Sigh. I mean, Psystar – nice try. Apple wins.

Well, a Federal judge ruled and Psystar lost their case. Apple has definitely shown the hand of God here. But the real question is: Will it be the end of it? Hopefully not.

On Friday, Judge William Alsup sided with Apple that Psystar has indeed violated the End User License Agreement (EULA). He ruled that installation of the Mac OS on non-Apple hardware is not allowable. Therefore, Psystar must discontinue their line of Mac clones. Finally, he ruled that Psystars’ counter claims are not arguable since Psystar altered the Mac software to run on other machines.

And now I will quote:

Today we celebrate a glorious anniversary of the information purification directives we have created, for the first time in all history, a garden of pure ideology. Where each worker may bloom secure from the pests of contradictory and confusing truths. Our Unification of Thoughts is more powerful a weapon than any fleet or army on earth. We are one people, with one will, one resolve, one cause. Our enemies shall talk themselves to death and we will bury them with their own confusion. We shall prevail!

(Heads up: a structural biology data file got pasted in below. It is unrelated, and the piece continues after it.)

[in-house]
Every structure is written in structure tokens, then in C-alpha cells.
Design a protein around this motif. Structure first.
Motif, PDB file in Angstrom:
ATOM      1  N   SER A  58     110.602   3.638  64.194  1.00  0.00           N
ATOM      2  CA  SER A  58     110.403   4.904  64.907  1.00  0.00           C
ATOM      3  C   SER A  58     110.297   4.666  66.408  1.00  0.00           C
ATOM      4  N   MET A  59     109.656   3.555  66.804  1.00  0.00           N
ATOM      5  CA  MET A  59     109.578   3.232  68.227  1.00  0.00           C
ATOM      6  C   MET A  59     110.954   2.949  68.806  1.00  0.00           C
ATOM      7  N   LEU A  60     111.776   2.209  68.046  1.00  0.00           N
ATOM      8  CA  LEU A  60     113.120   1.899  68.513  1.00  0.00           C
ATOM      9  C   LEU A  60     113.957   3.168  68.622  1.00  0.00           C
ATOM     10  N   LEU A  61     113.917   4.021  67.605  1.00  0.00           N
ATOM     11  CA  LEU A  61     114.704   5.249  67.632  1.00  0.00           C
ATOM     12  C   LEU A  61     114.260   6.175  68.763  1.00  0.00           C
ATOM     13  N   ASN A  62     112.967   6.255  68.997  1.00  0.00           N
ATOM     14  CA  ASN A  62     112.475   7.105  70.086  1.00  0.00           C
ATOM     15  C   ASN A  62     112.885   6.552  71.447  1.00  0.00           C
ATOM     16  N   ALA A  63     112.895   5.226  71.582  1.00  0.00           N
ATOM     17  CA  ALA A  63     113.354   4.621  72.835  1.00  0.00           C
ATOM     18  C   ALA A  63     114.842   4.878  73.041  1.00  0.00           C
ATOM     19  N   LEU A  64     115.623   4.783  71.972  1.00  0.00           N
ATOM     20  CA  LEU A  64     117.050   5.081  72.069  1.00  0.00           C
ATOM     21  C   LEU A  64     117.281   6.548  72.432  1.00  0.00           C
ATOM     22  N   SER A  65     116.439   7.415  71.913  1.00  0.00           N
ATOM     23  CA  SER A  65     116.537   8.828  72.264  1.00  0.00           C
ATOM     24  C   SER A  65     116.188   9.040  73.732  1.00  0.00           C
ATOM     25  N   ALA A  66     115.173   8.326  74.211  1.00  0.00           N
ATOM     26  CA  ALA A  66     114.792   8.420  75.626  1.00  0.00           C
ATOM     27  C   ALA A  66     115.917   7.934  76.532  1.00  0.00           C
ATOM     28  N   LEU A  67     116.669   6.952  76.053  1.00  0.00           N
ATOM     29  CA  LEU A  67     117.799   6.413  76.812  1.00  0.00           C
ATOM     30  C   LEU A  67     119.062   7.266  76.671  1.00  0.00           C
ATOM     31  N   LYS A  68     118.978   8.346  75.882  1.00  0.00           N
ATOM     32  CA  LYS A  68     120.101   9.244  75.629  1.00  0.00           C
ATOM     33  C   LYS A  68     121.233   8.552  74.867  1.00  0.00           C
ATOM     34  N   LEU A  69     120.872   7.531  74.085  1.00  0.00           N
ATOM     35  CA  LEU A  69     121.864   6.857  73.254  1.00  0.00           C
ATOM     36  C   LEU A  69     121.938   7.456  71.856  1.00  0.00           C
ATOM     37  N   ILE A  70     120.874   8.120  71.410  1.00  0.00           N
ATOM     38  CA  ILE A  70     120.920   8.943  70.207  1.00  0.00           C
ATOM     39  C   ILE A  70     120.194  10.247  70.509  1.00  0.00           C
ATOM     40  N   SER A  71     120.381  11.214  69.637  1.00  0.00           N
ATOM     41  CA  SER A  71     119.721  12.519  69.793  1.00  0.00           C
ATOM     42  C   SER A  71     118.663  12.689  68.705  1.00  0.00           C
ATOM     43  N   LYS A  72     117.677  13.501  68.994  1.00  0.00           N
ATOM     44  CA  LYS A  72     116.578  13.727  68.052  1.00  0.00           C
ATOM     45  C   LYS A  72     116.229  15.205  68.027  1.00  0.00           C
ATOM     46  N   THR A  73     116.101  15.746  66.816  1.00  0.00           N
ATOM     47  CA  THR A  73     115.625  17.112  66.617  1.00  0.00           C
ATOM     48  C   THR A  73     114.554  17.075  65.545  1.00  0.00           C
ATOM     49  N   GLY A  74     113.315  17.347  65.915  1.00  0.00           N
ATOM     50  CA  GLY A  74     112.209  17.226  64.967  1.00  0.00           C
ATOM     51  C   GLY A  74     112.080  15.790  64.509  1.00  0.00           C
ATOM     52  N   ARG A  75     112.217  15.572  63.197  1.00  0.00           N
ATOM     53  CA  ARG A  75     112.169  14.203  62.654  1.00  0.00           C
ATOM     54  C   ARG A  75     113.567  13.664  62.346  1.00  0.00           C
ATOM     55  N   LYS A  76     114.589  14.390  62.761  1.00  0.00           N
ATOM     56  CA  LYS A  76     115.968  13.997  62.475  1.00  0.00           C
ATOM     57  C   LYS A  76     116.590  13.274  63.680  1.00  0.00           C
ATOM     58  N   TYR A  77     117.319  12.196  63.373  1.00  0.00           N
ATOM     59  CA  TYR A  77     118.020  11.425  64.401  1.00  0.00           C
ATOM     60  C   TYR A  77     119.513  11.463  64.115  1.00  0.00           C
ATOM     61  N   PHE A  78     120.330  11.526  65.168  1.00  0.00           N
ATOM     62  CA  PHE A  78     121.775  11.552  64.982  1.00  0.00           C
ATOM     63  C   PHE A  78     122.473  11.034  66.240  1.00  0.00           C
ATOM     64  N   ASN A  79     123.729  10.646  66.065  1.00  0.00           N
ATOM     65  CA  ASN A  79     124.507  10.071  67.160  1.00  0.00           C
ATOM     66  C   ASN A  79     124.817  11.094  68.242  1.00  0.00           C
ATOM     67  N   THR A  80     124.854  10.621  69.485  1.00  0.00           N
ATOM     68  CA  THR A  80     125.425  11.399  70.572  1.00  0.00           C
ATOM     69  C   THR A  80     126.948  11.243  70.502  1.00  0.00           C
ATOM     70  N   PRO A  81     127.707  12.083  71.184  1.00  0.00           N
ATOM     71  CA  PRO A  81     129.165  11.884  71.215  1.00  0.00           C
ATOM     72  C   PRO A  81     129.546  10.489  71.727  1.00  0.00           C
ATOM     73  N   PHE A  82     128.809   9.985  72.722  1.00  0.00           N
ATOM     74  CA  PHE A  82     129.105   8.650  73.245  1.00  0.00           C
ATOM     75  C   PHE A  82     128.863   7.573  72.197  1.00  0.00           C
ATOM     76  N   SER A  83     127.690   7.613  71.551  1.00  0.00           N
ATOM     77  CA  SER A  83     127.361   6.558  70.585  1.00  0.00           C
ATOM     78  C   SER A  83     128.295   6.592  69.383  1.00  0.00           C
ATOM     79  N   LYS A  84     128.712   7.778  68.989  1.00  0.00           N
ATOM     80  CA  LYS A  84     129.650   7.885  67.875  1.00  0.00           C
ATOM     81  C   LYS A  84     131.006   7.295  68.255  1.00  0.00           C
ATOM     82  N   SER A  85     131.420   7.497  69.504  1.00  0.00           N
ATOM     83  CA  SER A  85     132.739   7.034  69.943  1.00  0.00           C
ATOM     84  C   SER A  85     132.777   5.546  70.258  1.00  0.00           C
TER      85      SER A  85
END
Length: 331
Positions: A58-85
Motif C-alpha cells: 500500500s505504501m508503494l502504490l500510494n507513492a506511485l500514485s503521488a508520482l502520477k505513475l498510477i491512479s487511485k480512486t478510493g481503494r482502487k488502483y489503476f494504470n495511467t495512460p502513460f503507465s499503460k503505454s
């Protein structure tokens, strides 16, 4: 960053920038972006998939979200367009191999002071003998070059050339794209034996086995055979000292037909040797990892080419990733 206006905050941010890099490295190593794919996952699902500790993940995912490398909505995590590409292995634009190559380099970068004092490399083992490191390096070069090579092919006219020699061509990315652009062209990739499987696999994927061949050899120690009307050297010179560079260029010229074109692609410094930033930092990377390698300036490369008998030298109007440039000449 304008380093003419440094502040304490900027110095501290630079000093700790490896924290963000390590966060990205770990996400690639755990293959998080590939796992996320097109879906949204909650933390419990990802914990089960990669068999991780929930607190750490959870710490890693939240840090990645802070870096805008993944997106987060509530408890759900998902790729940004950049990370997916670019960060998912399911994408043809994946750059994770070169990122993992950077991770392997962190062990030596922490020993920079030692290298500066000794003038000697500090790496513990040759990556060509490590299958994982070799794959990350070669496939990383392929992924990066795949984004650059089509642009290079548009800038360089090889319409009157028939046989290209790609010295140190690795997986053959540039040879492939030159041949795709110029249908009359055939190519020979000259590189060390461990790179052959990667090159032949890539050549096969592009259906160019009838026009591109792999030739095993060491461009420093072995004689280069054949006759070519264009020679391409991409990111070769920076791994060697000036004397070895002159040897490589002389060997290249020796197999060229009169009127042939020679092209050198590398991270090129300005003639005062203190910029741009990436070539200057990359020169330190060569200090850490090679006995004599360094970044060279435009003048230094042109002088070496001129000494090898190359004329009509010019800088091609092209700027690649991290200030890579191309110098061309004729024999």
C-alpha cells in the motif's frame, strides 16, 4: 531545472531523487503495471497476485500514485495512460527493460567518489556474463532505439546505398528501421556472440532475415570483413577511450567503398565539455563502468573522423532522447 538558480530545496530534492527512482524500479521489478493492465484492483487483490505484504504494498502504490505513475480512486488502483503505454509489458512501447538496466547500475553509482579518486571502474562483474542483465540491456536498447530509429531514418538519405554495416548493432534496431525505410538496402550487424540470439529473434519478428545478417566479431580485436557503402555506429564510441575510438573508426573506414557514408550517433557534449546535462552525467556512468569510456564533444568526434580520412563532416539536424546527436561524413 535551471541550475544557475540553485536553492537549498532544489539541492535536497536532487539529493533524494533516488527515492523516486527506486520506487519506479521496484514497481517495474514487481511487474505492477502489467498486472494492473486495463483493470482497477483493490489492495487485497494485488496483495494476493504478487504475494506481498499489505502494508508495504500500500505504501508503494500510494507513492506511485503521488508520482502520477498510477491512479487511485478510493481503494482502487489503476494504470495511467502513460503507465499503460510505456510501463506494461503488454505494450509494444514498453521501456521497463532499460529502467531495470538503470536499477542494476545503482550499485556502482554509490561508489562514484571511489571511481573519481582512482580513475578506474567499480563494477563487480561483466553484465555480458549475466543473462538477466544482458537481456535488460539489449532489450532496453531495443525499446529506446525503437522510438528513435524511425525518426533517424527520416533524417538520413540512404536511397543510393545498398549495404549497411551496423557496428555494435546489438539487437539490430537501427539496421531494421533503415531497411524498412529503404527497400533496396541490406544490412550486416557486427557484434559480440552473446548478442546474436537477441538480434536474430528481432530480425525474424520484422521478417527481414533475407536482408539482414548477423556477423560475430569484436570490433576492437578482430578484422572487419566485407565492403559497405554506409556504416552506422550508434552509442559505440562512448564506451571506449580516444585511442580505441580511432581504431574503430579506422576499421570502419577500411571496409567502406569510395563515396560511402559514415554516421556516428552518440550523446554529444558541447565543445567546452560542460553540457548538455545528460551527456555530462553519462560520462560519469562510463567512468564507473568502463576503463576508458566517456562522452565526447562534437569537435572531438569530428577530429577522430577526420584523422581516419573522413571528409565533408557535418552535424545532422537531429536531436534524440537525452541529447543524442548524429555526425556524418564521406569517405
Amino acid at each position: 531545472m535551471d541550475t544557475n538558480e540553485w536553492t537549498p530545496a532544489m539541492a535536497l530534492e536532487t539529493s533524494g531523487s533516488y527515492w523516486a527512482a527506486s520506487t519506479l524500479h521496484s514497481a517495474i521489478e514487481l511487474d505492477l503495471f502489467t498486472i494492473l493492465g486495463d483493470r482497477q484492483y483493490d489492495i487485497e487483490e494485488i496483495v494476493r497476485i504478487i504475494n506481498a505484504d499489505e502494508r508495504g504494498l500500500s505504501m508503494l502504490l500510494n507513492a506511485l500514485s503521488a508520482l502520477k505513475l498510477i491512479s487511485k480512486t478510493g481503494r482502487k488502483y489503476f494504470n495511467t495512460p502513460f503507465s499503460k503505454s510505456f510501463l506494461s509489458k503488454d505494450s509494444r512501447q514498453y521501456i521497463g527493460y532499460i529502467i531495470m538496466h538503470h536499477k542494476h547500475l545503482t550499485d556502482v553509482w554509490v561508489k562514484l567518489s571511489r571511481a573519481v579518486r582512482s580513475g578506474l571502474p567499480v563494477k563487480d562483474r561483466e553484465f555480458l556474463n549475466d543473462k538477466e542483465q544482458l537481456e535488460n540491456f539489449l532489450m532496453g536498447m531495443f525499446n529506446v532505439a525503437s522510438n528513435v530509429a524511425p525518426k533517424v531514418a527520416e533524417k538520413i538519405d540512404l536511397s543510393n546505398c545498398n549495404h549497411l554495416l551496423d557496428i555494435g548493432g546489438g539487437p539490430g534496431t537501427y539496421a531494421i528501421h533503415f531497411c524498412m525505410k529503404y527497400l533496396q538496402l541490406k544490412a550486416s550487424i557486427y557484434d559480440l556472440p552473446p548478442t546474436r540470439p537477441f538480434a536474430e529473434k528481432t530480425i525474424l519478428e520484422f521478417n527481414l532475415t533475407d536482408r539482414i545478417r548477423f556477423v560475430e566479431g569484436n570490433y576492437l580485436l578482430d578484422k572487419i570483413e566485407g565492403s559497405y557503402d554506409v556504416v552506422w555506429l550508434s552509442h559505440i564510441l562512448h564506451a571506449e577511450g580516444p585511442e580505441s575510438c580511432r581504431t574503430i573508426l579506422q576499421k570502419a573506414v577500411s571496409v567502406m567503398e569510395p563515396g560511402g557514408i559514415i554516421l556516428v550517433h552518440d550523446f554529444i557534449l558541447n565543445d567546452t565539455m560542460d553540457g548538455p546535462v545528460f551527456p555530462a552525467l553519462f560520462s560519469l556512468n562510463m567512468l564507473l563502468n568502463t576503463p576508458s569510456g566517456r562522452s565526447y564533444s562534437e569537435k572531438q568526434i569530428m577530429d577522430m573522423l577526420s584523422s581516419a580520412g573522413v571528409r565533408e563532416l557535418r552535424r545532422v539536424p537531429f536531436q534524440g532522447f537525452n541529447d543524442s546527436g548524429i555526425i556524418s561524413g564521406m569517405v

Confused on where that is from? Well, it’s “Big Brother” from the 1984 Superbowl ad by Apple. It is followed by:

…You’ll see why 1984 won’t be like 1984…

That is true. 2009 will be like 1984. Little did George Orwell know, but he was writing about Apple 25 years later…

Just like everyone else, I agree with the ruling. Psystar had to alter the program to run on another machine, therefore they should have to pay. But just because that happened, doesn’t mean Hackintosh is going away. Just underground. Apple won the battle – not the War.

I still think that if Apple put out a OSXPC version, put a price on it and followed with “No support”, people would flock. The independent PC support person would then be asked upon to learn and understand so they can fix these problems. Apple wins by adding a new revenue stream and also because it’s creating new jobs. We get an unsupported system for $129, but it might lead to our next computer purchase being an Apple product.

As for Psystar, maybe they’ll appeal, but most likely Apple will take the company down. Welcome to the corporate world. R.I.P. Psystar.

About J Powers

Podcaster, Blogger, IT Specialist. Been working in IT for over 15 years. Supported Windows 95 upon initial Launch and have worked in desktop, server and Web site support roles. Started Geekazine in 2007 and launched 5 shows from it. Speaker on many topics in Podcasting and technology. Also a musician.

6 thoughts on “Sigh. I mean, Psystar – nice try. Apple wins.